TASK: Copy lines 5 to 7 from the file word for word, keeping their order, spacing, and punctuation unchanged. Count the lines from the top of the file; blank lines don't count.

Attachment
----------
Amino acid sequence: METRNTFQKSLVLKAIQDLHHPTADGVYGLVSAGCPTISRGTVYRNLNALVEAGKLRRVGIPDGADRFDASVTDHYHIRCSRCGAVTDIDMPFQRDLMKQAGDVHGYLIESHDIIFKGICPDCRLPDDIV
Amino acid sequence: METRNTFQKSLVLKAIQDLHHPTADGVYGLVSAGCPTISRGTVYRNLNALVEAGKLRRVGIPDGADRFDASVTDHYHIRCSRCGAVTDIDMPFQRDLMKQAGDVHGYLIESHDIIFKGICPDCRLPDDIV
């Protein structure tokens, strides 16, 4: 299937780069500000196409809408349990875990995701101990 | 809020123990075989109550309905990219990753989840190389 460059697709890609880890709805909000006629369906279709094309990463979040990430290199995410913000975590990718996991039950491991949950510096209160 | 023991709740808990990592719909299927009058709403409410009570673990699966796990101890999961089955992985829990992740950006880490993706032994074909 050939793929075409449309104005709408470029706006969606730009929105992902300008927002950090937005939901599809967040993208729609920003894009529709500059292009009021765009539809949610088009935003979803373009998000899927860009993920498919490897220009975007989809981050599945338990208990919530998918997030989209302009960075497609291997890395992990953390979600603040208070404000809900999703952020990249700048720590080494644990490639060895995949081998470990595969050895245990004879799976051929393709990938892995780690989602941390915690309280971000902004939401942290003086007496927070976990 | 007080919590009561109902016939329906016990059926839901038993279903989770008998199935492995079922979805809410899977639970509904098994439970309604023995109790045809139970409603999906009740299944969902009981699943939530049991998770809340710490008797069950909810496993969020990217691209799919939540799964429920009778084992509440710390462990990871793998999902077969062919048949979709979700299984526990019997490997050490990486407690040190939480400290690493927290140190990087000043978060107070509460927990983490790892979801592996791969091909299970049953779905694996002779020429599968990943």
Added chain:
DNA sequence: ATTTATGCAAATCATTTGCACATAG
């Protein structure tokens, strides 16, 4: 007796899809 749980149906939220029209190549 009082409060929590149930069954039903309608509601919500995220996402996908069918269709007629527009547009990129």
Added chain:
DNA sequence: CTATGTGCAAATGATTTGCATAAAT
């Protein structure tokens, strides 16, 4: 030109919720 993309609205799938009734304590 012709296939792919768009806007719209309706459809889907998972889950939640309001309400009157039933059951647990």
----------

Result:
DNA sequence: ATTTATGCAAATCATTTGCACATAG
């Protein structure tokens, strides 16, 4: 007796899809 749980149906939220029209190549 009082409060929590149930069954039903309608509601919500995220996402996908069918269709007629527009547009990129």
Added chain: